SOSNA has been managing the Triangle Plaza for a decade as a gathering space for neighbors. However, the Triangle Plaza is still considered a "temporary" space by the City. For years, we have been planning on making it a permanent space with raised sidewalks, increased greenery, and better furniture. We also envision more public space, and safer pedestrian and vehicle circulation, at Bainbridge Street. Both improvement plans to the streetscape would reinforce our small neighborhood commercial corridor and provide permanent public places for the entire community to gather at a scale that serves the neighborhood. This is all part of a large project we are calling the
Grays Ferry Triangles Gateway.
We can't do this without community support. The City has committed to making this project happen but we need neighbors to help raise funds for the design phase of the project. Though the total cost of the project is $3 million, which will be funded by state and local sources, we still need to raise $30,000 from the community to begin the design phase.
Your commitment will help make the dream of an incredible new pedestrian-oriented commercial corridor become a reality for our neighborhood.
After the design phase, the construction of the project will be funded by a grant from the Pennsylvania Department of Community and Economic Development (DCED).
If you are interested in a business or foundation sponsorship with potential naming opportunities within the Triangle, please reach out to firstname.lastname@example.org.
In 2022, SOSNA drafted plans to:
- Make the Triangle permanent with updated landscaping, features, and amenities.
- Redesign 23rd Street and Grays Ferry Ave, Bainbridge, and 24th street to make the area more pedestrian-friendly, reduce the number of crossings, and improve traffic flow.
Upcoming Meeting February 1st at 6:30 on Zoom. Register here.
A key part of this project is reducing pedestrian crossings. In the draft plan on the left, the number of times pedestrians have to cross the street is reduced by eliminating two "slip lanes" on Grays Ferry Avenue. In addition, we envision curb bump-outs to slow traffic and reduce the crossing distance for pedestrians at all major intersections in the area.
We have also heard from neighbors that the bottleneck created at the intersection of Grays Ferry Avenue and Bainbridge results in significant backups and traffic issues further down Bainbridge and on 22nd street. We plan to alleviate this issue by reversing 24th street, which will allow northbound traffic on Grays Ferry Avenue to go up to South Street rather than be forced to turn right and down Bainbridge Street. Click here to view the proposed engineering drawings.
All of these plans are subject to change based on neighborhood feedback. Please reach out to us with any feedback on these draft plans and stay tuned for community meetings.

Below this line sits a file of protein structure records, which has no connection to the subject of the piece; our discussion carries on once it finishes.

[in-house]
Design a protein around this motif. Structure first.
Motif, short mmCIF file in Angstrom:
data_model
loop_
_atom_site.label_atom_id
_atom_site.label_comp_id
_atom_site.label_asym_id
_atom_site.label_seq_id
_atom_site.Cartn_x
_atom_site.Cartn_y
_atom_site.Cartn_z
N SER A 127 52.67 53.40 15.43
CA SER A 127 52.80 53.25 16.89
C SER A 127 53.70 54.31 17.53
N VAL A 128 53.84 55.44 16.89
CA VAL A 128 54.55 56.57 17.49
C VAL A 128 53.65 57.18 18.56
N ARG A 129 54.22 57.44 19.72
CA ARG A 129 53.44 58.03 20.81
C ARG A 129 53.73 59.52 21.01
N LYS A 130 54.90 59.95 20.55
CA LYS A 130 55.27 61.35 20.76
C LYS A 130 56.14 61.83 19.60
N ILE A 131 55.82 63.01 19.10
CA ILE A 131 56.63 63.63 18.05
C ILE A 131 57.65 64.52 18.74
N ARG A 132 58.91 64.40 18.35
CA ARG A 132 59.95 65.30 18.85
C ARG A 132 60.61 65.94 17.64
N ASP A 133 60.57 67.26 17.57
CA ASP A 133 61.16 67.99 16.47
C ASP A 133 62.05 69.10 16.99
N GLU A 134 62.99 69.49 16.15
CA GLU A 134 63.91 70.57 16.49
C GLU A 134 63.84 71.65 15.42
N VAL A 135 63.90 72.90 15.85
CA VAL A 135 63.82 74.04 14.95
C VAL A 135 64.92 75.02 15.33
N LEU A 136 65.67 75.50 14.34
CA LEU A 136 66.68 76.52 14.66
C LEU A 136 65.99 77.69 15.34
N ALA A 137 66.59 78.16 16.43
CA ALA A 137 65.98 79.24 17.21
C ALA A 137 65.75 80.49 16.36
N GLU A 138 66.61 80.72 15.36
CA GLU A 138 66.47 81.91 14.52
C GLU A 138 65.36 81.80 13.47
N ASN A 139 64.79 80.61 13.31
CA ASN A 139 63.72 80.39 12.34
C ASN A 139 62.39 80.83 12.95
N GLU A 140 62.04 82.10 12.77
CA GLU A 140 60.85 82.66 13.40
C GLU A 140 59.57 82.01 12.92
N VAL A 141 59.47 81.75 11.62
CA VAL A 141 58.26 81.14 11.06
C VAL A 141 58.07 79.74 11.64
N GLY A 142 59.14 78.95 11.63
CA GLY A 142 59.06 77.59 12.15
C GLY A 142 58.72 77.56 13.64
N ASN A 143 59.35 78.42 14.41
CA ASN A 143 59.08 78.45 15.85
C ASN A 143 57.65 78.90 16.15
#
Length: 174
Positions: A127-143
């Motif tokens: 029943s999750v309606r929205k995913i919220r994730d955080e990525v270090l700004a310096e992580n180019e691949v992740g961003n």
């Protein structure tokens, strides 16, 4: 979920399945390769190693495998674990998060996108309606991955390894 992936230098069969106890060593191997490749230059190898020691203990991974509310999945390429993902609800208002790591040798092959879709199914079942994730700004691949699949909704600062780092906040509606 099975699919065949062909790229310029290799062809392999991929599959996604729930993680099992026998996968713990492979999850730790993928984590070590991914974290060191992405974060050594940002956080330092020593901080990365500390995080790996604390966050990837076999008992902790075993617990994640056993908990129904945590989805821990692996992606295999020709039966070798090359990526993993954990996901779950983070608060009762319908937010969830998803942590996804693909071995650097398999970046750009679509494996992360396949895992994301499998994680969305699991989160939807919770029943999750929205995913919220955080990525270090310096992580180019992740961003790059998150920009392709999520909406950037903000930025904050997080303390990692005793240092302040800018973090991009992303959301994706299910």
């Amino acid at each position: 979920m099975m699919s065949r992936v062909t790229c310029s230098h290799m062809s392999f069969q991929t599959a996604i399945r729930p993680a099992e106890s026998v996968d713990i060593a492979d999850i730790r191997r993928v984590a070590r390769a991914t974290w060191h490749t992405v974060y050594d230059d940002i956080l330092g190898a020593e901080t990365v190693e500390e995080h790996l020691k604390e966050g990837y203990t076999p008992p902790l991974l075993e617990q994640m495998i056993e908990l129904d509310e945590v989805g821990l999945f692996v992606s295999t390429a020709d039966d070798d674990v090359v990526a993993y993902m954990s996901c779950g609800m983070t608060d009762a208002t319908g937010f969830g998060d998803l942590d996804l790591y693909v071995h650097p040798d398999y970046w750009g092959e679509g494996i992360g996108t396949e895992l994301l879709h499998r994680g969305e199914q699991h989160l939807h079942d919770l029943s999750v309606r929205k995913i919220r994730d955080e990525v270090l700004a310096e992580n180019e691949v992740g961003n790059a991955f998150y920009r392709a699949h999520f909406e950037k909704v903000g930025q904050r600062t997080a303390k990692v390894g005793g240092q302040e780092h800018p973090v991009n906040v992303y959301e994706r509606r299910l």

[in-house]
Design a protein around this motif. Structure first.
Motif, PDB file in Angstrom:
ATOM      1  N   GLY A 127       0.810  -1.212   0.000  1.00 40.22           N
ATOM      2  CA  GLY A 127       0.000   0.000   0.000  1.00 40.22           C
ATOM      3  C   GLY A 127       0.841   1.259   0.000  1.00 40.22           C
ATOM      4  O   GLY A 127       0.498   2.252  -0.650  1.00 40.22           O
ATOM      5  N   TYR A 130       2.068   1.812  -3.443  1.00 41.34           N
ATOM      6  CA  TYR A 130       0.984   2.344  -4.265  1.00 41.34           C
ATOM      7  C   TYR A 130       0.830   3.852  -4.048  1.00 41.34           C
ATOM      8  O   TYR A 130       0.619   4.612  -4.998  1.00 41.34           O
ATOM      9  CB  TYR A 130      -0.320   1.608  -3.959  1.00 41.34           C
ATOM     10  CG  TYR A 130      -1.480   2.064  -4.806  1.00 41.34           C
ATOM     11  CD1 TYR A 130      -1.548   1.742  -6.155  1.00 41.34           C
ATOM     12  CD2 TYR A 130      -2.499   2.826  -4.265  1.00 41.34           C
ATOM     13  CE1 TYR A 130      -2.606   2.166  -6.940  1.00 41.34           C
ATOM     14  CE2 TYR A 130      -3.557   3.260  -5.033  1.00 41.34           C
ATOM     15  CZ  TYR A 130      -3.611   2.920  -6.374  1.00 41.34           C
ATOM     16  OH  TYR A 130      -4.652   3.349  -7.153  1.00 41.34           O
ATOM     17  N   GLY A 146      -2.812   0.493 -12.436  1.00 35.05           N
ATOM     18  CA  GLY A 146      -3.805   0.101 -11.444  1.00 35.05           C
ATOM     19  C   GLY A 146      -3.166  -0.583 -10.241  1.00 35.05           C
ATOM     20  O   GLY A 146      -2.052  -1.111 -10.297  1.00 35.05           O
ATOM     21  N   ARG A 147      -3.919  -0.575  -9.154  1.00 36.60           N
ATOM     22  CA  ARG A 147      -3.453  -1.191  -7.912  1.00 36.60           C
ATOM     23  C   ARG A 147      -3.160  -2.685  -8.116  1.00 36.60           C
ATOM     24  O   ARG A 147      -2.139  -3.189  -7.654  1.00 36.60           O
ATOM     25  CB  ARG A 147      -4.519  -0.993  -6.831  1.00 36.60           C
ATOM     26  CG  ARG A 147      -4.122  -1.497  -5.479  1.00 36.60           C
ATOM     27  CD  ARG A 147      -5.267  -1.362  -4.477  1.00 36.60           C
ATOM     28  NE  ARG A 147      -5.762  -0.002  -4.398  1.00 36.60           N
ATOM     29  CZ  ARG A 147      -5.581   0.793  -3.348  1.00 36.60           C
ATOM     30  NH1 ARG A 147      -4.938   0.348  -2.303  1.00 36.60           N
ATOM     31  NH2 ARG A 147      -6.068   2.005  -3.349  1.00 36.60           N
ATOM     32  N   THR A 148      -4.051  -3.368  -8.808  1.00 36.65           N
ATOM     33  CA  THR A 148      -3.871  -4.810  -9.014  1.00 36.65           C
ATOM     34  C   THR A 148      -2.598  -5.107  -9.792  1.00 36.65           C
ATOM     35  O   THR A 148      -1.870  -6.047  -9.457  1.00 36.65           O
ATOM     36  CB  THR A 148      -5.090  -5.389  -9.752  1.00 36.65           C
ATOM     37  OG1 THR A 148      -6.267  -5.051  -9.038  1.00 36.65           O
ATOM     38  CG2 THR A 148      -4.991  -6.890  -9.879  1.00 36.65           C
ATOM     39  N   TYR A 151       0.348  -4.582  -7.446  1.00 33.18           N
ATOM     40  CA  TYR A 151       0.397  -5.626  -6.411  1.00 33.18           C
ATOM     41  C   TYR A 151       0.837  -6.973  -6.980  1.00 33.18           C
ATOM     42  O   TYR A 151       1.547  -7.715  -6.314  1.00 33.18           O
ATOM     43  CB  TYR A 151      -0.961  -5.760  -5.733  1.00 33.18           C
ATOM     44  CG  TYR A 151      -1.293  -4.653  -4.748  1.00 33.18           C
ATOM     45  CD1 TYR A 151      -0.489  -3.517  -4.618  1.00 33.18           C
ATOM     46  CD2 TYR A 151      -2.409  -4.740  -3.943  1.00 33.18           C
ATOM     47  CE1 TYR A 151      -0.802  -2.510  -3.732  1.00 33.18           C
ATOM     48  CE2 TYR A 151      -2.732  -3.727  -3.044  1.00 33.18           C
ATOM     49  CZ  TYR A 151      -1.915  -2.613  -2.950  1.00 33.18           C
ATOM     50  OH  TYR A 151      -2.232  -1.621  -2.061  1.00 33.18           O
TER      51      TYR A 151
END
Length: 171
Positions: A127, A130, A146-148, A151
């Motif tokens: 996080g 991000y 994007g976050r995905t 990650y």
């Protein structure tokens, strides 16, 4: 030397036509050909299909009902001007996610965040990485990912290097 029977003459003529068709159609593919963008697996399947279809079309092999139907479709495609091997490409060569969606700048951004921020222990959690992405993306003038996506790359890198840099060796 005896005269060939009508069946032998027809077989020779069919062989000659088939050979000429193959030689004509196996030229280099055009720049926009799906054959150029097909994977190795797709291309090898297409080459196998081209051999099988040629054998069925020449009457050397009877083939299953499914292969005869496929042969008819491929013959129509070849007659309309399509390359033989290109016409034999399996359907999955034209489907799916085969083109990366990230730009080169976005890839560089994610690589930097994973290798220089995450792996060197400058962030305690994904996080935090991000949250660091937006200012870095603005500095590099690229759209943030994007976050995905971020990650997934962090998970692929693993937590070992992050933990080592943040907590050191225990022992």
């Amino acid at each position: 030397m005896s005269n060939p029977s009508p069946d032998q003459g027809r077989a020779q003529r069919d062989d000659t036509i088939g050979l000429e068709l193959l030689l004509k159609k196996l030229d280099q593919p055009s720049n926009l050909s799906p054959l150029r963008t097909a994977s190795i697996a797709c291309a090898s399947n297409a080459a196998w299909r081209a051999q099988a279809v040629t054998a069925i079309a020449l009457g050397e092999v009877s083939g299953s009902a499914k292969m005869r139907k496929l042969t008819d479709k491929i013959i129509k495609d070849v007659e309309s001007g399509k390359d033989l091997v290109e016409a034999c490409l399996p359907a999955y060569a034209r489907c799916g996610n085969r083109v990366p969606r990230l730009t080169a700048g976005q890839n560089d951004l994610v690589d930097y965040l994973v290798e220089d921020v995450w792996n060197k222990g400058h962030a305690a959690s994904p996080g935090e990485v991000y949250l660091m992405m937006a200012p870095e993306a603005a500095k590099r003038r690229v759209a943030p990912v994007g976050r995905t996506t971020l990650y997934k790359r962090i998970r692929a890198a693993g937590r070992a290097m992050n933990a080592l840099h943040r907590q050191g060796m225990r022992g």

When will construction take place?
If awarded, there would be an extensive design phase to gather as much public feedback and input as possible. Construction would begin in 2025 or later.
What about reversing 24th street?
Our draft plans involve reversing 24th street between Bainbridge and Lombard. This would better ease traffic flow in the area and allow us to eliminate a pedestrian crossing, making the area safer. Preliminary traffic study results show no negative impact on traffic by this reversal. If awarded the grant, we will work with neighbors to ease any concerns about this aspect of the project.
Tell me more about the traffic flow with the street reversal.
A large amount of traffic, buses and trucks travel up the 2200 block of Bainbridge, which is a residential street. One goal is to alleviate the amount of traffic on this residential street by providing multiple optional routes to divert traffic. One option includes reversing 24th Street up to Lombard which splits traffic heading to Center City from traffic heading westbound to the South Street bridge (to 76 and West Philly). These are some of the impacts:
This simplifies the two triangle intersections at Bainbridge, making it safer for motor vehicles, cyclists, and pedestrians.
To address concerns about northbound 24th Street traffic cutting down Naudain, Naudain could be reversed in the 2400 block.
Reversing 24th Street would make it easy to circle the block, if necessary.
This reversal also restores the pattern everywhere else of our numbered streets, with even numbers traveling north and odd numbers traveling south. Traffic heading south from South Street would turn on 23rd Street rather than 24th.
What are some ideas you have about permanency at the Triangle?
Maintain the intimacy of the fountain and the corner, provide multiple seating options such as tables with chairs and garden-wall seating, and leave the rest of the area open for a range of program uses. Use durable materials. Garden walls would be built from stone to match the Naval Square site wall. Cobblestones on the pavement pattern would soften the angularity of the site and would slow pedestrian movement. Rain gardens would have short railings around them. Shade would be provided by canopy trees and hardy, sustainable native plants. Seating would be attached to the planters to provide strong edges to the central area and the perimeter. Use the stone walls and rain gardens to create small-scale seating groups around the perimeter without losing the flexible center area. Keep the fountain area as a small intimate seating area around the water. The plaza celebrates an element of community history at the site including Odunde and Catherine Thorne, W.E.B. Dubois, and Calder.
How will it impact businesses?
We expect that brand-new and permanent public spaces will make the area an even more attractive place to do business, encouraging more public gatherings, events, and making it more of a destination.